Resource Limits

Protect your apps with resource limits.

Indicating Limits

By default, Pods have no resource limits, which means they can use as much CPU and memory as the node has available. To prevent one Pod from monopolizing all available resources, you should set resource limits for Pods. You should set both a memory limit and a CPU limit. If a Pod uses more than its resource limit, it is restarted (new container). If it continues to fail, it goes into a CrashLoopBackoff just like with liveness probes.

You can specify resource limits in the spec.containers[].resources.limits section of a Pod configuration. The following example sets a memory limit of 50 MiB for a container:

spec:                       # The Pod spec in the Deployment
   - image: kiamol/ch12-memory-allocator
       limits:             # Resource limits constrain compute power
         memory: 50Mi      # for the container; this limits RAM to 50 MB.

When you create this Pod, the container is automatically assigned a memory limit of 256 MiB. It will restart when it hits that limit

Namespace Quotas

You can also set resource limits at the namespace level. This is useful if you want to prevent a single user from monopolizing all the resources on a cluster. You can set a quota for the total amount of CPU and memory that can be used by all Pods in a namespace.

apiVersion: v1
kind: ResourceQuota
  name: memory-quota
  namespace: kiamol-ch12-memory
    limits.memory: 150Mi

Because resource quotas are proactive, Pods won’t be created if the limits they specify exceed what’s available in the quota. If there’s a quota in place, then every Pod spec needs to include a resource section so Kubernetes can compare what the spec needs to what’s currently available in the namespace.

Now, if a pod specifies a limit that is greater than the namespace quota, it will not be created. For example:

apiVersion: apps/v1
kind: Deployment
        - name: api
          image: kiamol/ch12-memory-allocator
              memory: 200Mi

CPU Limits

CPU limits to containers and quotas, but they work in a slightly different way. Containers with a CPU limit run with a fixed amount of processing power, and they can use as much of that CPU as they like—they aren’t replaced if they hit the limit

You can use multiples to give your app container access to many cores or divide a single core into “millicores,” where one millicore is one-thousandth of a core

   - image: kiamol/ch05-pi
     command: ["dotnet", "Pi.Web.dll", "-m", "web"]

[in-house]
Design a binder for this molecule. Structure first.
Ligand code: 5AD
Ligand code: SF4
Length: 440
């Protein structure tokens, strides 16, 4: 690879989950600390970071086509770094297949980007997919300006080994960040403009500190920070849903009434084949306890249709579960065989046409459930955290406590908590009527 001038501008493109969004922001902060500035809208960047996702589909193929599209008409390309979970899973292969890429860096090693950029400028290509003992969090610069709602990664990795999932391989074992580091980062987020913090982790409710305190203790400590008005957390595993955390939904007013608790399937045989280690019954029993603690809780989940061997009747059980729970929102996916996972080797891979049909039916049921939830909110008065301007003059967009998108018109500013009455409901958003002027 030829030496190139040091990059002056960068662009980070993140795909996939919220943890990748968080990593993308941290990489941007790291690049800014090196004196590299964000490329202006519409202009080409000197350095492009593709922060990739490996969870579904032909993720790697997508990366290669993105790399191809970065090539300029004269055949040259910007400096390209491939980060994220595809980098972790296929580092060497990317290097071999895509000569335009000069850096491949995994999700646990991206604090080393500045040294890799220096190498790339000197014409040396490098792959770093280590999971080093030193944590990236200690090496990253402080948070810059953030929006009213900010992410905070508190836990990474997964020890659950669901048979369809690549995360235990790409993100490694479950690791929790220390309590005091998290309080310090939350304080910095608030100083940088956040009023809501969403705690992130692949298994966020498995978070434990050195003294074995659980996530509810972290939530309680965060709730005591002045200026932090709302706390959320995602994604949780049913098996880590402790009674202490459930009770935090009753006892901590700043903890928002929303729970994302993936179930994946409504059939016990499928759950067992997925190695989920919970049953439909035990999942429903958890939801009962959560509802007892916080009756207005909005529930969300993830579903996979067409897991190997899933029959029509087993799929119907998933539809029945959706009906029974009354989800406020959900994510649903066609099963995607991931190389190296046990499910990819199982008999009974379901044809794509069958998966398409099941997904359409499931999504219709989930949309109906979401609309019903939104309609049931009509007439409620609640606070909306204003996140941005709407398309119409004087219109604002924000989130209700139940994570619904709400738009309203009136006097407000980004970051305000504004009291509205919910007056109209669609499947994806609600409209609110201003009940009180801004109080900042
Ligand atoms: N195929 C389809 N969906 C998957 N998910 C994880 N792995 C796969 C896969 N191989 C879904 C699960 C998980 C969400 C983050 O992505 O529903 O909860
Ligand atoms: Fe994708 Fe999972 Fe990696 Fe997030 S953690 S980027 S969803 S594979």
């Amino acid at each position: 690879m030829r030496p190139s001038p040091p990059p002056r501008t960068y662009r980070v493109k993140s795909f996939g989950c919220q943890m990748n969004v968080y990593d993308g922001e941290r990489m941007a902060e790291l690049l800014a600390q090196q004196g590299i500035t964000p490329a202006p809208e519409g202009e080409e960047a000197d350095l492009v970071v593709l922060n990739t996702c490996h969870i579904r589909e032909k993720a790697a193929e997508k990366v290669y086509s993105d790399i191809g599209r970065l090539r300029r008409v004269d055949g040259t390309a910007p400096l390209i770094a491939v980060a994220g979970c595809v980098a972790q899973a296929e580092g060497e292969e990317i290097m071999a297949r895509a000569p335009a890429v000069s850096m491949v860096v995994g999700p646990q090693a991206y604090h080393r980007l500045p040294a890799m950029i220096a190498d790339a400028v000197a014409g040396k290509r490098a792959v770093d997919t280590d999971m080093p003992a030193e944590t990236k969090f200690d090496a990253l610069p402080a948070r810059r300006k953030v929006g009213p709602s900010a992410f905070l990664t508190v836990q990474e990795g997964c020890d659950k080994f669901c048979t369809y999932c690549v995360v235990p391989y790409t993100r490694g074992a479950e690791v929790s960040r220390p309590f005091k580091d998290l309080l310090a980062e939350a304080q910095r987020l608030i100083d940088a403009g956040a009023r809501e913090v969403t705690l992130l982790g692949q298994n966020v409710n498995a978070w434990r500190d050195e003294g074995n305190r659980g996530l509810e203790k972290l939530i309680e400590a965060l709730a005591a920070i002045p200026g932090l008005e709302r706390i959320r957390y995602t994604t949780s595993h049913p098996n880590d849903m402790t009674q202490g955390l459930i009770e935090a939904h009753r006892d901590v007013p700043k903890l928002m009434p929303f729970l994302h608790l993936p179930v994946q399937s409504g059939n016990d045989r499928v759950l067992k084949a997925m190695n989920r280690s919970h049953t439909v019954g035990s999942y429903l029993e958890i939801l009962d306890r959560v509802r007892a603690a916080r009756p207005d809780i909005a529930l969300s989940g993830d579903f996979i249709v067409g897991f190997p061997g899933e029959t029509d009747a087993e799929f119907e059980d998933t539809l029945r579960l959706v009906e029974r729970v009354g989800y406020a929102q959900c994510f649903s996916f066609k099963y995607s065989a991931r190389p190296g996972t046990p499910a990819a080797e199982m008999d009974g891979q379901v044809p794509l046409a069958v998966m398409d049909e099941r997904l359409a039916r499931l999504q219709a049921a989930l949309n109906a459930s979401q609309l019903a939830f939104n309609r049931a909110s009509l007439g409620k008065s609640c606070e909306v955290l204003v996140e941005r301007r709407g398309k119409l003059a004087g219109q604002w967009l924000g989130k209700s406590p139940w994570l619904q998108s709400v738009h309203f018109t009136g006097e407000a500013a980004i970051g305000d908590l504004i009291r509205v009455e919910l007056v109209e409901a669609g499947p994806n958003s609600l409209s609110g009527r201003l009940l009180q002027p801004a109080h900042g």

cpu: 250m    # 250 millicores limits the container to 0.25 cores.

Include both CPU and memory limits in your Pod specs.

Resource Constraint Failures

What if you have a namespace quota of 500m, but you have two replicas with a limit of 300m each? It will only deploy one pod. YOu can see it like this:

# after deploying your app with two repolicas
% kubectl get deploy -n kiamol-ch12-cpu                                                   

pi-web   1/2     1            1           44s

# Debug what happened (It will tell you it ran out of quota)
% kubectl describe replicaset -n kiamol-ch12-cpu

# Get resource quota
% kl get resourcequota -n kiamol-ch12-memory

Checking Available Resources

You can check cpu available on a node like so:

kubectl get nodes -o jsonpath='{.items[].status.allocatable.cpu}'

You can’t use 100% of the node’s CPU because Kubernetes system components allocate CPU themselves.

Also, when you scale things up, it is helpful to check the ReplicaSet to see if it is scaling up. If it is not, it is likely because it is hitting a resource limit.

kubectl get rs -l app=pi-web --all-namespaces

Don’t Use CPU Limits?

This blog post is controversial, Michal thinks it’s bad advice. I tend to agree with Michal.

Requests vs. Limits

No CPU limit

If you do not specify a CPU limit for a Container, then one of these situations applies:

  • The Container has no upper bound on the CPU resources it can use. The Container could use all of the CPU resources available on the Node where it is running.

  • The Container is running in a namespace that has a default CPU limit, and the Container is automatically assigned the default limit. Cluster administrators can use a LimitRange to specify a default value for the CPU limit.

Limits create requests by default

If you specify a CPU limit for a Container but do not specify a CPU request, Kubernetes automatically assigns a CPU request that matches the limit. Similarly, if a Container specifies its own memory limit but does not specify a memory request, Kubernetes automatically assigns a memory request that matches the limit.